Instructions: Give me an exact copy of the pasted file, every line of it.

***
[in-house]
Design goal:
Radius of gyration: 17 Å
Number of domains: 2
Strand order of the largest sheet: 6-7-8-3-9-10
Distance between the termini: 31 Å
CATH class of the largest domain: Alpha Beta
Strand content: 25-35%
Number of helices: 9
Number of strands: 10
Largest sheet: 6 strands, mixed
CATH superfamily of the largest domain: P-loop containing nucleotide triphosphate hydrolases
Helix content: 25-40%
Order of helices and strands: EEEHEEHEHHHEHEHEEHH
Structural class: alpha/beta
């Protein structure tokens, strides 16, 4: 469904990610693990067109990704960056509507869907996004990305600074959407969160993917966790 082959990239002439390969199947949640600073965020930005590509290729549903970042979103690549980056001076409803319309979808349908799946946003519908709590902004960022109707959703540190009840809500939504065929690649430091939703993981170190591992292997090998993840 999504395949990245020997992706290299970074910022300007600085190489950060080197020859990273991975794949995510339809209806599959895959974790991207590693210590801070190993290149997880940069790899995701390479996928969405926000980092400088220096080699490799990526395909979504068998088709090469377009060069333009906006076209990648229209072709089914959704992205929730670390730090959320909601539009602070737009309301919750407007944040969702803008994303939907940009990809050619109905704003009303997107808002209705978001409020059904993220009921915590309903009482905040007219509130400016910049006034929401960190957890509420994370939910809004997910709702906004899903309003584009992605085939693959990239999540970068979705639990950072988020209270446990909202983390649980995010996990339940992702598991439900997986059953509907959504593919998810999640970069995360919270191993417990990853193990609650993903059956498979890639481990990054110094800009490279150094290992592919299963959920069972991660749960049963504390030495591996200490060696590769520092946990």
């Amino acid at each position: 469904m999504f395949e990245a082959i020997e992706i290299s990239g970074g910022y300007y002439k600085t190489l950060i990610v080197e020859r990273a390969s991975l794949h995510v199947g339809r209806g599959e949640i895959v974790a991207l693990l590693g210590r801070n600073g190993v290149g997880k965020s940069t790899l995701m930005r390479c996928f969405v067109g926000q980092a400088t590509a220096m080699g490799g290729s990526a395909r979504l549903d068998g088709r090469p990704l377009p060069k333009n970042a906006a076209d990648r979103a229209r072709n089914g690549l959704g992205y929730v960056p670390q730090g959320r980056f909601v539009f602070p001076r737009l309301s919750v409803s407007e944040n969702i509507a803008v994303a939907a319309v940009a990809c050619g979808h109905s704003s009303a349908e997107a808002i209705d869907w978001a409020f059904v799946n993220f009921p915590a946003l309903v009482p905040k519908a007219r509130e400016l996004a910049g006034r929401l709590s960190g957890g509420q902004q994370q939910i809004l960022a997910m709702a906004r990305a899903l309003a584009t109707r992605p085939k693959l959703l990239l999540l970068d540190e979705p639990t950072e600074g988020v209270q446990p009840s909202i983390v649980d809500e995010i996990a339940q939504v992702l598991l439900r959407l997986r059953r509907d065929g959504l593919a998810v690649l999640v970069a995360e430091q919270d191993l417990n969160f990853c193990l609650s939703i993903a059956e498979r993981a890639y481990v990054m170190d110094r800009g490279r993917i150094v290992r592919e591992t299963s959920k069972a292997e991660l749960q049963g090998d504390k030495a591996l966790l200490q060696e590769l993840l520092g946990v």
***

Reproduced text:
[in-house]
Design goal:
Radius of gyration: 17 Å
Number of domains: 2
Strand order of the largest sheet: 6-7-8-3-9-10
Distance between the termini: 31 Å
CATH class of the largest domain: Alpha Beta
Strand content: 25-35%
Number of helices: 9
Number of strands: 10
Largest sheet: 6 strands, mixed
CATH superfamily of the largest domain: P-loop containing nucleotide triphosphate hydrolases
Helix content: 25-40%
Order of helices and strands: EEEHEEHEHHHEHEHEEHH
Structural class: alpha/beta
């Protein structure tokens, strides 16, 4: 469904990610693990067109990704960056509507869907996004990305600074959407969160993917966790 082959990239002439390969199947949640600073965020930005590509290729549903970042979103690549980056001076409803319309979808349908799946946003519908709590902004960022109707959703540190009840809500939504065929690649430091939703993981170190591992292997090998993840 999504395949990245020997992706290299970074910022300007600085190489950060080197020859990273991975794949995510339809209806599959895959974790991207590693210590801070190993290149997880940069790899995701390479996928969405926000980092400088220096080699490799990526395909979504068998088709090469377009060069333009906006076209990648229209072709089914959704992205929730670390730090959320909601539009602070737009309301919750407007944040969702803008994303939907940009990809050619109905704003009303997107808002209705978001409020059904993220009921915590309903009482905040007219509130400016910049006034929401960190957890509420994370939910809004997910709702906004899903309003584009992605085939693959990239999540970068979705639990950072988020209270446990909202983390649980995010996990339940992702598991439900997986059953509907959504593919998810999640970069995360919270191993417990990853193990609650993903059956498979890639481990990054110094800009490279150094290992592919299963959920069972991660749960049963504390030495591996200490060696590769520092946990």
């Amino acid at each position: 469904m999504f395949e990245a082959i020997e992706i290299s990239g970074g910022y300007y002439k600085t190489l950060i990610v080197e020859r990273a390969s991975l794949h995510v199947g339809r209806g599959e949640i895959v974790a991207l693990l590693g210590r801070n600073g190993v290149g997880k965020s940069t790899l995701m930005r390479c996928f969405v067109g926000q980092a400088t590509a220096m080699g490799g290729s990526a395909r979504l549903d068998g088709r090469p990704l377009p060069k333009n970042a906006a076209d990648r979103a229209r072709n089914g690549l959704g992205y929730v960056p670390q730090g959320r980056f909601v539009f602070p001076r737009l309301s919750v409803s407007e944040n969702i509507a803008v994303a939907a319309v940009a990809c050619g979808h109905s704003s009303a349908e997107a808002i209705d869907w978001a409020f059904v799946n993220f009921p915590a946003l309903v009482p905040k519908a007219r509130e400016l996004a910049g006034r929401l709590s960190g957890g509420q902004q994370q939910i809004l960022a997910m709702a906004r990305a899903l309003a584009t109707r992605p085939k693959l959703l990239l999540l970068d540190e979705p639990t950072e600074g988020v209270q446990p009840s909202i983390v649980d809500e995010i996990a339940q939504v992702l598991l439900r959407l997986r059953r509907d065929g959504l593919a998810v690649l999640v970069a995360e430091q919270d191993l417990n969160f990853c193990l609650s939703i993903a059956e498979r993981a890639y481990v990054m170190d110094r800009g490279r993917i150094v290992r592919e591992t299963s959920k069972a292997e991660l749960q049963g090998d504390k030495a591996l966790l200490q060696e590769l993840l520092g946990v």